New Airport At Whenuapai Not Needed
Media release 19 February 2004
NEW AIRPORT AT WHENUAPAI NOT NEEDED
The Strategic Development committee of Manukau City Council last night endorsed the viewpoint that a second commercial airport is not needed and should not be supported. The matter will go before the full Council later in the month.
Manukau mayor Sir Barry Curtis says it is not necessary to develop a second international airport at Whenuapai given that the existing airport in Mangere has the capability to handle growth for the next 50 years.
A second runway at Mangere has already been approved and planning is well underway. It will take pressure off the current runway and will handle primarily smaller planes.
Sir Barry says, "A new airport at Whenuapai would be an expensive luxury and I don't see the need for it because as a region we have much more important uses for our limited public funding, such as improving storm water treatment facilities and upgrading transport. The public are crying out for better public transport and action to unblock our congested motorways, not another airport.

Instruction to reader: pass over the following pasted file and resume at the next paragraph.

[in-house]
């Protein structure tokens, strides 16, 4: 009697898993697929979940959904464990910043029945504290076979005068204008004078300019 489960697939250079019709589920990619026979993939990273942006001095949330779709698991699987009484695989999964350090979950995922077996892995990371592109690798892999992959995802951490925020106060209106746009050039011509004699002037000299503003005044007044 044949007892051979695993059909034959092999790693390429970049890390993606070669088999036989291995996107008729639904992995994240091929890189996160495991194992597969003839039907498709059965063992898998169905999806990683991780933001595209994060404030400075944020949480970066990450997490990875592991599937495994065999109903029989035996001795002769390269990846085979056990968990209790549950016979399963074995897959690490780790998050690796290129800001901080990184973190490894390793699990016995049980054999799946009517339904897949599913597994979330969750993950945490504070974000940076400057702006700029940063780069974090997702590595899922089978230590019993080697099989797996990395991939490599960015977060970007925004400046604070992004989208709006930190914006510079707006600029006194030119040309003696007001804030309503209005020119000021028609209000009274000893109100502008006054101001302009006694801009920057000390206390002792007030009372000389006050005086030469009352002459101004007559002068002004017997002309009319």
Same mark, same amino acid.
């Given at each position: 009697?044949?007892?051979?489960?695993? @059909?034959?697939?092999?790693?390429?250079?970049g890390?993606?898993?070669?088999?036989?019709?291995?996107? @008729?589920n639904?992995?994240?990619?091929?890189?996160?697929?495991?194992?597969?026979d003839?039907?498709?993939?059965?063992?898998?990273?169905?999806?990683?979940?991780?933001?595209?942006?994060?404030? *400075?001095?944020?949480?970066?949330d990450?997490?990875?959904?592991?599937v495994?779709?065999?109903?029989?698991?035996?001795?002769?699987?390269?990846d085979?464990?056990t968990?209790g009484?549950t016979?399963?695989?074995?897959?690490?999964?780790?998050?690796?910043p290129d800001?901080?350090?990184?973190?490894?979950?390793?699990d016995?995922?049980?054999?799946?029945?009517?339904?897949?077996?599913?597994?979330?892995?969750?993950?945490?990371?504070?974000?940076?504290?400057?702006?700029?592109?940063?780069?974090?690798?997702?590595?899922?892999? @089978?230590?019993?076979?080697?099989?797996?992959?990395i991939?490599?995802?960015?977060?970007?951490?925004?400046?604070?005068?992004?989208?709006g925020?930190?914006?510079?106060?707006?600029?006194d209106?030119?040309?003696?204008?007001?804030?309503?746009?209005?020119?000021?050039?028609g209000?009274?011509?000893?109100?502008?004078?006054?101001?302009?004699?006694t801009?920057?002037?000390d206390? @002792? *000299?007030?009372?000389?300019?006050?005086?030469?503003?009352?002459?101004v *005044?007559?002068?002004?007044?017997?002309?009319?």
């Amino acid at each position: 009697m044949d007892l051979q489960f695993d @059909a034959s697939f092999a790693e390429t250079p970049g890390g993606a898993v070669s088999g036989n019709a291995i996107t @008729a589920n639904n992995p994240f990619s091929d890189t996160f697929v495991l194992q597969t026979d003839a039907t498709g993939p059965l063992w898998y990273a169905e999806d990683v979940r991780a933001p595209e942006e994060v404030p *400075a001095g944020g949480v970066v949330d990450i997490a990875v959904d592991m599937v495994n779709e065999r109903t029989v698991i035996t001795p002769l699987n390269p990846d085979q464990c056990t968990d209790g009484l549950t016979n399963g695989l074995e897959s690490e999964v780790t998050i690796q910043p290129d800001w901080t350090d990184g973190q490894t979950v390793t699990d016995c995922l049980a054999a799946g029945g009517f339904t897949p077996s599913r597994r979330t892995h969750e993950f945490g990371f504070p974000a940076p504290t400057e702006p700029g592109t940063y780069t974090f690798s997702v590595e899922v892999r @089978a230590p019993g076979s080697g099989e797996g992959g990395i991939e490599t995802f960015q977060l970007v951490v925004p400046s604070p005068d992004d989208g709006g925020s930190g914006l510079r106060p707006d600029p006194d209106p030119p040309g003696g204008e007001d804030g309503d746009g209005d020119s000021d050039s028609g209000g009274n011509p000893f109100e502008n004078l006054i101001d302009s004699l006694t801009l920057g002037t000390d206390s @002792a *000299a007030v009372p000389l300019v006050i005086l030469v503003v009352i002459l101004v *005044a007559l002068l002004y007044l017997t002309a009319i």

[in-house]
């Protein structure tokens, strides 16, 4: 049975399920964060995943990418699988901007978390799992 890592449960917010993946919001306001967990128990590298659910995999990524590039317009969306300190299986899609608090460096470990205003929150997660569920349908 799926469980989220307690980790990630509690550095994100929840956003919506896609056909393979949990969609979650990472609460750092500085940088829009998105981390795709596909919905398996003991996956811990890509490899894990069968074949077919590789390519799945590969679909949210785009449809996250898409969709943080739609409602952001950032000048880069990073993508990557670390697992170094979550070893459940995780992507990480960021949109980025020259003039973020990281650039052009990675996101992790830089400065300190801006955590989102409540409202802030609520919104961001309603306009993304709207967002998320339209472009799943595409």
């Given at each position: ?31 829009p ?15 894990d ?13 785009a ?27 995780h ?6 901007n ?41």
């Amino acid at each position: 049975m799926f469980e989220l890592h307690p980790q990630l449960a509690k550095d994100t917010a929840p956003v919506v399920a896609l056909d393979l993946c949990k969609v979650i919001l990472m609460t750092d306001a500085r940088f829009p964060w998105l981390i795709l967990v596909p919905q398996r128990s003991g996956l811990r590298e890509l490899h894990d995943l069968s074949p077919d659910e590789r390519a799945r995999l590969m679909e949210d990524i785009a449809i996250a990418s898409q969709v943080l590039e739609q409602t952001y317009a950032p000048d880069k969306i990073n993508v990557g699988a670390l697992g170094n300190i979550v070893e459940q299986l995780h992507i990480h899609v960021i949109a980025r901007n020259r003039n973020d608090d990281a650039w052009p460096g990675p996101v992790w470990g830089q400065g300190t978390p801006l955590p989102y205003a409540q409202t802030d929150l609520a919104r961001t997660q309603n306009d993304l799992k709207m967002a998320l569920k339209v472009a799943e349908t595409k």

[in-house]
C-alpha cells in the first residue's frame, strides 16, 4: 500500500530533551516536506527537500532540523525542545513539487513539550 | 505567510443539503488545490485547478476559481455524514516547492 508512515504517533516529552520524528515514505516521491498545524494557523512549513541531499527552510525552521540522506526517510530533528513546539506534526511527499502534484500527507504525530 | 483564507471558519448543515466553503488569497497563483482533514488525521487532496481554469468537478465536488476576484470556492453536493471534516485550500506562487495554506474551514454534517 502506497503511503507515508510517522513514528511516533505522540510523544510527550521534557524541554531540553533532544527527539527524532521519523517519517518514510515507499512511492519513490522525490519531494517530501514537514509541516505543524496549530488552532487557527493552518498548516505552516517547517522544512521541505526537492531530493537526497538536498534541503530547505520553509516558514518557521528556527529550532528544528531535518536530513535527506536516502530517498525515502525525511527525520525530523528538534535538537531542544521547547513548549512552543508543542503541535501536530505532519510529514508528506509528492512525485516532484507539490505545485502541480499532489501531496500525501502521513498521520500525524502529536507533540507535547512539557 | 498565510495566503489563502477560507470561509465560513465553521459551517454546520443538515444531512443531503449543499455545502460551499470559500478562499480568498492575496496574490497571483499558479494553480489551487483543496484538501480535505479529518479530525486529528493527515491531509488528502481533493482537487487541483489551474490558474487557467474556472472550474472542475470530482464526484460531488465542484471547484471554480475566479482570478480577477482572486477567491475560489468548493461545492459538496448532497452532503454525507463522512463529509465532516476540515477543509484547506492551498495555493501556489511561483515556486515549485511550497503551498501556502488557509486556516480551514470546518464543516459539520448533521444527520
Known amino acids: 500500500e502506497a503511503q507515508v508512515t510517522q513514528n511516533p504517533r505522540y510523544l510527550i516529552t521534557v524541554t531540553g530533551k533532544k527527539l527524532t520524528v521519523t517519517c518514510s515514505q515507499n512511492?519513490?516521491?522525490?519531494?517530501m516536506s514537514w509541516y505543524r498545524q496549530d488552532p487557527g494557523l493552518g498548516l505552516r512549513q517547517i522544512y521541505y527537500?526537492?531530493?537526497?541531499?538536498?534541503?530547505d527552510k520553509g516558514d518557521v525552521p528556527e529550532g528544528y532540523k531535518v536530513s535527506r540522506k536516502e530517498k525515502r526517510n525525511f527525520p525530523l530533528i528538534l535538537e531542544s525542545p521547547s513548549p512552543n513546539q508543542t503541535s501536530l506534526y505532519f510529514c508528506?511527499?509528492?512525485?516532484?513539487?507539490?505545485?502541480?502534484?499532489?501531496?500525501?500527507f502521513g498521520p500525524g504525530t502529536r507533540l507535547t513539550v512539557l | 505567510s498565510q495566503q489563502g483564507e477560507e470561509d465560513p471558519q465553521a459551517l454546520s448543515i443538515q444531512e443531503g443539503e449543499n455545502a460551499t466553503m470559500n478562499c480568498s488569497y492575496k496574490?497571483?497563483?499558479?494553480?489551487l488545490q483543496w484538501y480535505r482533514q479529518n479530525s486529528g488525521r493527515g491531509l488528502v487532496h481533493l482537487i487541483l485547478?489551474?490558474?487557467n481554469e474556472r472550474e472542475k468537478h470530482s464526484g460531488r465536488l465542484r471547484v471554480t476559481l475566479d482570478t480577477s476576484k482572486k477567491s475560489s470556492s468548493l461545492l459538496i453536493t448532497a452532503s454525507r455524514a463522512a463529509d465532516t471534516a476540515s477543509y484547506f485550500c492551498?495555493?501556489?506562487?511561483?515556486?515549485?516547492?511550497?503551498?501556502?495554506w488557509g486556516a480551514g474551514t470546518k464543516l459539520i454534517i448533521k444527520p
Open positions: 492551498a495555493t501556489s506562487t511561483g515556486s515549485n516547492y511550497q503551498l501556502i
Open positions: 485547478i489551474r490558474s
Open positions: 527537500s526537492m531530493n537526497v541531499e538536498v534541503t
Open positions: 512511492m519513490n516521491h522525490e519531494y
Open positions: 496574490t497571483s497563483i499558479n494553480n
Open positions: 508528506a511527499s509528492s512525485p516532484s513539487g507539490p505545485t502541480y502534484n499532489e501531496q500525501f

"It could also create logistical nightmares for the flying public as there would be many occasions when, in transferring from different flights, passengers would have to travel from one airport to the other.
"Developing Whenuapai would also displace economic value from other airports and aerodromes already in existence.
"It could result in significant public resources being diverted from other projects and the loss of future land development opportunities in Waitakere, Rodney and North Shore.
"Whenuapai is outside the established metropolitan urban limits and should be kept undeveloped and in public hands until a wider strategy can be worked out for its use in future.
"I accept that Manukau City Council has an interest in the future growth of Auckland International Airport, as a shareholder. But, putting that to one side, my position on this issue reflects my belief that there are more reasons to not develop Whenuapai than to develop it."